“The way moving forward is for more customised business for the delivery platforms, rather than throwing away a valuable existing part of your business.”—Shane Delia, chef, Maha restaurant
“If you are going to shut down in-house dining and just go for delivery, then you will need to have a formidable marketing machine that is powering your brand, far more than when you have a space that people can experience and is always there creating a visual impact about what your business is about.”
Burgin also explains that the figures simply don’t add up on the balance sheet, when delivery service charges are factored into the equation.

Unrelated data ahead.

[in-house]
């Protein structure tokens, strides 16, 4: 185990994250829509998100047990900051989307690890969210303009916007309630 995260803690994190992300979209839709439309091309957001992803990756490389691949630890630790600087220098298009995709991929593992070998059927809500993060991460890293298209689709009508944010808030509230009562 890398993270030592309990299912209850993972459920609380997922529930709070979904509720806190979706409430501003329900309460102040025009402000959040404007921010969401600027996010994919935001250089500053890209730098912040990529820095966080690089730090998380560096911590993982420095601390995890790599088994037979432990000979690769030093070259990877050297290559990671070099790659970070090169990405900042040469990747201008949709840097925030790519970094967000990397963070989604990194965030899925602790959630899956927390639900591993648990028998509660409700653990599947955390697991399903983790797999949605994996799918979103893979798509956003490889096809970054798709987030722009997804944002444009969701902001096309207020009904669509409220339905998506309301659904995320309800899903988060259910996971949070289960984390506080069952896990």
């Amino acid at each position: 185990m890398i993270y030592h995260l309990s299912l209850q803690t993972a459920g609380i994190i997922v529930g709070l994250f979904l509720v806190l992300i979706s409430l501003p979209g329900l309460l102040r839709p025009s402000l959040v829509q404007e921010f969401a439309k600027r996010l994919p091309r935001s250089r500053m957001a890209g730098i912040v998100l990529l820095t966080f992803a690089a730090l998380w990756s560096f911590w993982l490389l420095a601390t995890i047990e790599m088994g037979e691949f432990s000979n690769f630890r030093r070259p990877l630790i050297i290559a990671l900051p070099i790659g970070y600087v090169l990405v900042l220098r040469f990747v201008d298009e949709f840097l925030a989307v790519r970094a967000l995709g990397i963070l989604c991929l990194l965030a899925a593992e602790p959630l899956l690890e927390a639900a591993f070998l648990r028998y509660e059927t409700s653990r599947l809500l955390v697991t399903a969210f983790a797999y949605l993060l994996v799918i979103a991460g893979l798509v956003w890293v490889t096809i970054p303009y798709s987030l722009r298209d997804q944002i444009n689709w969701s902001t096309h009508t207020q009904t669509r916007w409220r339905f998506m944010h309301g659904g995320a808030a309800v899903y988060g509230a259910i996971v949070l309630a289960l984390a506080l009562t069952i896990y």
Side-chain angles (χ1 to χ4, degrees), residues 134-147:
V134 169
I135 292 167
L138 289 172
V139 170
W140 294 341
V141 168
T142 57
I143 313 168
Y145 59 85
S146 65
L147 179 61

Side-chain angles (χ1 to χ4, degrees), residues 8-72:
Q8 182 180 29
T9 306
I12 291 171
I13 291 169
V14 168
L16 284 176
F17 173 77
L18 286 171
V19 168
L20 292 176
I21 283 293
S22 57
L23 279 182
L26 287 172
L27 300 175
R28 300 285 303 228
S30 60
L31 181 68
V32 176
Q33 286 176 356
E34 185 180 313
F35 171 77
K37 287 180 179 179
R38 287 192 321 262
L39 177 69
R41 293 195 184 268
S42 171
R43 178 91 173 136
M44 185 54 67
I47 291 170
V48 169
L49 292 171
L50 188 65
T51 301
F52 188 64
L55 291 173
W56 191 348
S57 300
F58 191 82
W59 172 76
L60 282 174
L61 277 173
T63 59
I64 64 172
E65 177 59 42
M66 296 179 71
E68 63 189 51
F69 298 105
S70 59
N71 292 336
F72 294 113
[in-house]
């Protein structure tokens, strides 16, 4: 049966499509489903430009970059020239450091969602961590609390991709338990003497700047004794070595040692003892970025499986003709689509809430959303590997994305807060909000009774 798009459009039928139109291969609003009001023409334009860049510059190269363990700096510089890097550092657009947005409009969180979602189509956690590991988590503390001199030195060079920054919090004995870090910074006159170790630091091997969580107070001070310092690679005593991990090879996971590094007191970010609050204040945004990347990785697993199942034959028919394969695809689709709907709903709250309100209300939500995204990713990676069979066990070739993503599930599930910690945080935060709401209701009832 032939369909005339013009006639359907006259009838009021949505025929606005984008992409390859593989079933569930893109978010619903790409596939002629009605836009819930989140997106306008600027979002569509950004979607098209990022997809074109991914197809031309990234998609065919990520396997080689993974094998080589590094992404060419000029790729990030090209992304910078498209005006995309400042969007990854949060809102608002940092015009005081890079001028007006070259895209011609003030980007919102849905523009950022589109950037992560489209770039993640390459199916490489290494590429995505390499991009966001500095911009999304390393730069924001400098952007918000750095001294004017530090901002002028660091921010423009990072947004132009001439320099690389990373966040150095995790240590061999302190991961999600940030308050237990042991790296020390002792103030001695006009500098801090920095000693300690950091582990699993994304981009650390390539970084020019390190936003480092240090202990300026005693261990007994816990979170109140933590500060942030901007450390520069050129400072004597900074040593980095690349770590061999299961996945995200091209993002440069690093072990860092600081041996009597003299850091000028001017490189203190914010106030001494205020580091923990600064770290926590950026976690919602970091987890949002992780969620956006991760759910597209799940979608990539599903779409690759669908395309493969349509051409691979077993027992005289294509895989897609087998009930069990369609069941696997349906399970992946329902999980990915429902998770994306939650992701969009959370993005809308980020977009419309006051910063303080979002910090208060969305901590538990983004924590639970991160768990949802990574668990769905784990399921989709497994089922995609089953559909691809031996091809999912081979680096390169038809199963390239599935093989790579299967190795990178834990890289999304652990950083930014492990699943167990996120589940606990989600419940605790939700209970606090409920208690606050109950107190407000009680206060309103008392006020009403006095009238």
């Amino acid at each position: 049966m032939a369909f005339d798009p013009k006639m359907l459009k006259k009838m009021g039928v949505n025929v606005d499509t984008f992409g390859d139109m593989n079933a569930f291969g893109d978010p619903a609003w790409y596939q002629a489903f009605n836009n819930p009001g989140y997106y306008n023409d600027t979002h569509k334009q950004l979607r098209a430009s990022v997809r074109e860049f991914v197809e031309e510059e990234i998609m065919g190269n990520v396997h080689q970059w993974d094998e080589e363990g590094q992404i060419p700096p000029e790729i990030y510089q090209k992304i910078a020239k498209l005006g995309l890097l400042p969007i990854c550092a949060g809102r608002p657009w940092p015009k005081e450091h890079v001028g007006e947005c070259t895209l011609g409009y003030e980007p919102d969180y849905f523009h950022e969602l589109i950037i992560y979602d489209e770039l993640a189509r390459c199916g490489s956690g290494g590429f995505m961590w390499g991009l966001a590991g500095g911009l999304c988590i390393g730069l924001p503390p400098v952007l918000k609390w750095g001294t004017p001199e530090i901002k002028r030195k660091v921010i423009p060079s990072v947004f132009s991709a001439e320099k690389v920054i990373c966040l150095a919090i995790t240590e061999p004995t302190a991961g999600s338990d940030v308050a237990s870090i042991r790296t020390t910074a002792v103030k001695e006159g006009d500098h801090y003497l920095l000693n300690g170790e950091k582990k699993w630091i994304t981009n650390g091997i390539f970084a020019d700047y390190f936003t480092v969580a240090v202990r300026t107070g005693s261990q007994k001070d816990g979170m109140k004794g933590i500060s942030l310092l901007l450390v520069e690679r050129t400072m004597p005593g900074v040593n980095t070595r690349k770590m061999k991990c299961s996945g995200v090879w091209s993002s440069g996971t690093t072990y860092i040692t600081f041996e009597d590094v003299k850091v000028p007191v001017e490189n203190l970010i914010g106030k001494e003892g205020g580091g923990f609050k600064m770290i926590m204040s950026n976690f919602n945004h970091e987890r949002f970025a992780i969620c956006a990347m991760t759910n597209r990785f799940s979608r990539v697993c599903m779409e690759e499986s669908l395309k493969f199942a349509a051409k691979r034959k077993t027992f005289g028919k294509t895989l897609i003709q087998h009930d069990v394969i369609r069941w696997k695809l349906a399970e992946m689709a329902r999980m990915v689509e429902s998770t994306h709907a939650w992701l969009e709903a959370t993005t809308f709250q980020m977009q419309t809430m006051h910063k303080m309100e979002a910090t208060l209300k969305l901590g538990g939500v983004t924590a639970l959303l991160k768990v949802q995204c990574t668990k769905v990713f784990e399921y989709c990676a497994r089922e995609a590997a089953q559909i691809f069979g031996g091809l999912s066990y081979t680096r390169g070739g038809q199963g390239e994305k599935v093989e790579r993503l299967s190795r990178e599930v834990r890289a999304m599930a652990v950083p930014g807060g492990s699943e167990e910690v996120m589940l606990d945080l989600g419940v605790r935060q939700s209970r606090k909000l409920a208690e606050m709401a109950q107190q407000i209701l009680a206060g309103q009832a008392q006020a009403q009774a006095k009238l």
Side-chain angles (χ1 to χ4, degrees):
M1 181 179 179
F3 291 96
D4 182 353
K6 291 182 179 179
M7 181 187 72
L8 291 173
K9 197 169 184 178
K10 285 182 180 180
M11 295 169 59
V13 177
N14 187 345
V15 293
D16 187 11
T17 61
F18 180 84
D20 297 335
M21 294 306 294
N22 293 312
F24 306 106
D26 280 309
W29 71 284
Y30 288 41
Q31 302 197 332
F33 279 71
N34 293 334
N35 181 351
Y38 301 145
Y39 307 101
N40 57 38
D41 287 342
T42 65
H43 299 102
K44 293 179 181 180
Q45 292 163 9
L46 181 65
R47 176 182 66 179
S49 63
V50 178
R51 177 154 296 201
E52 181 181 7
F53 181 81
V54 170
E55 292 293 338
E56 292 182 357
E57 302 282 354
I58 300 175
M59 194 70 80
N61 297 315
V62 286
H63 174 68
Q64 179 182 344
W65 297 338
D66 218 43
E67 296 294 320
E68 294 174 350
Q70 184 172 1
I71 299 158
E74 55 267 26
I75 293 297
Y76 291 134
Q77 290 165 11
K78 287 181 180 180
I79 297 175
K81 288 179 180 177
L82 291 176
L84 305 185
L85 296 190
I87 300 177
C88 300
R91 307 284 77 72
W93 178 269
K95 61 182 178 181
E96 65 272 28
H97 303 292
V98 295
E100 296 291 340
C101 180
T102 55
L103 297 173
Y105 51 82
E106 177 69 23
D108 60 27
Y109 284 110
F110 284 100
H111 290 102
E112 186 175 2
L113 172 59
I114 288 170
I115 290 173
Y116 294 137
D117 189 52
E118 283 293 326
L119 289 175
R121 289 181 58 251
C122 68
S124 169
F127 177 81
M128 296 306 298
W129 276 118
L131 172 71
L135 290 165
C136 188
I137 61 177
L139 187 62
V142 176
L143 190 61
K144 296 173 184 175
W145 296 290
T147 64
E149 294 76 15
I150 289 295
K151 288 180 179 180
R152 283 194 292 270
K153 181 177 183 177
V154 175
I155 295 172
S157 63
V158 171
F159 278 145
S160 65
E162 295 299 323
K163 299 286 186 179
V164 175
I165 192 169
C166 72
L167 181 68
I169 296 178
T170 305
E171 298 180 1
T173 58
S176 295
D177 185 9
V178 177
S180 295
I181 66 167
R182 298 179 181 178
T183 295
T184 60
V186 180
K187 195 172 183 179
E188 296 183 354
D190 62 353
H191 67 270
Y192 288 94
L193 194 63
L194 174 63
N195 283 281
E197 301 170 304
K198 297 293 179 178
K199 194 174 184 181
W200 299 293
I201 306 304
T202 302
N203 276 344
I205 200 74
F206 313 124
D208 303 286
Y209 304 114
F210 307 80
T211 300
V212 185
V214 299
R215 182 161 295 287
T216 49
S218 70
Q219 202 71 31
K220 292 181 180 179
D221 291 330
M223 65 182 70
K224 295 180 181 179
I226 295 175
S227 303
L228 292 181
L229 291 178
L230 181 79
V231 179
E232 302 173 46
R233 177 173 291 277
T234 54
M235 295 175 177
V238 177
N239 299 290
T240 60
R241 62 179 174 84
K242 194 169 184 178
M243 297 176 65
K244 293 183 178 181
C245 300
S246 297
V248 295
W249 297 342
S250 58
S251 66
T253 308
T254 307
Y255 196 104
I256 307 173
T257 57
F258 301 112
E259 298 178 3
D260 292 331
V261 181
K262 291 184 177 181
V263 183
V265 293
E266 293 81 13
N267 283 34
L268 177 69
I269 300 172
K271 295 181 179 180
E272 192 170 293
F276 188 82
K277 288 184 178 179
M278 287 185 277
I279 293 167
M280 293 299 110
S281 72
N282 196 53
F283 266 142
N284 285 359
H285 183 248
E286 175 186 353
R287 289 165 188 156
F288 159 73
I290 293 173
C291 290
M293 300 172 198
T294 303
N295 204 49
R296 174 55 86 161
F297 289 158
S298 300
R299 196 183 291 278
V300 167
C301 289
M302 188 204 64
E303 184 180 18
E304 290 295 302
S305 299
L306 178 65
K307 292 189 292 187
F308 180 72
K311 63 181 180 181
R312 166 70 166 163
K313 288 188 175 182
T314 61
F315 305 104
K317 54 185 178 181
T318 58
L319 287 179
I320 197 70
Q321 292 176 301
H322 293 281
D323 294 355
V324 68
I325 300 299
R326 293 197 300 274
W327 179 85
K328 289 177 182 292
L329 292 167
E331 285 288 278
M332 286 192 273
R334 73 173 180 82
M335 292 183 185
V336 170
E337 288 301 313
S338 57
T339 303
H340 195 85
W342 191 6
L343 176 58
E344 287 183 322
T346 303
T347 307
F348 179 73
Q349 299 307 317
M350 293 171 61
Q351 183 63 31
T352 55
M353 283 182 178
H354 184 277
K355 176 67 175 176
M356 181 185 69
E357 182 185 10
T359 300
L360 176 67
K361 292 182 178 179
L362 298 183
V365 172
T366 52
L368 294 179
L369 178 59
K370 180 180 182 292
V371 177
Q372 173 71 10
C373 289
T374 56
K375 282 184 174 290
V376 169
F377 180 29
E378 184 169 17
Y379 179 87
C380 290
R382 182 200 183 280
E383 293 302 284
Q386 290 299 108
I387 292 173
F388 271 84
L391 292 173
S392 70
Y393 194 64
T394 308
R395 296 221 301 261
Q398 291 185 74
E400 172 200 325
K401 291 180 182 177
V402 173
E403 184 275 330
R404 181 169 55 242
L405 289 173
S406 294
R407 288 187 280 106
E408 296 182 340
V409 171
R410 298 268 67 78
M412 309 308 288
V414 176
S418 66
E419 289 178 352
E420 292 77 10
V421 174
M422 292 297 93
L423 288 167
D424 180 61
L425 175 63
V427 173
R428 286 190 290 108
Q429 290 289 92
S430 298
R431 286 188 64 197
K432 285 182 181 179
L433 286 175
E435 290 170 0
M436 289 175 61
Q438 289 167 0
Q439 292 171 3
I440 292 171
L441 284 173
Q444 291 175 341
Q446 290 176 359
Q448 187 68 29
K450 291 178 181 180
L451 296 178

“What you need to do is work this out on the spreadsheets, where you have around 35 per cent on total wages and around 25 per cent on food costs. Now add in anywhere from 14 to 30 per cent on delivery charges, and just see what that leaves over for operating costs of rent, power and the rest of it,” Burgin says. “It simply does not make sense with those figures to shut down a good dining room.”
The Loose Moose Tap & Grill House is one of the most popular restaurants on the Gold Coast strip and has used Uber Eats over the past 12 months. While delivery has proven successful, marketing manager Karley Beadman says it does not come close to the profits made through in-house dining and at the bar.
“Our restaurant is very much about the experience,” she says. “They are also ordering alcohol with our cocktails and 25 beers, so it’s clear our profits are coming from people being in here, not from customers ordering us up from home.
“Restaurants run at a very small net profit at the best of times, and with the delivery services taking around 27 per cent on those orders, that’s significant.”
Combining the two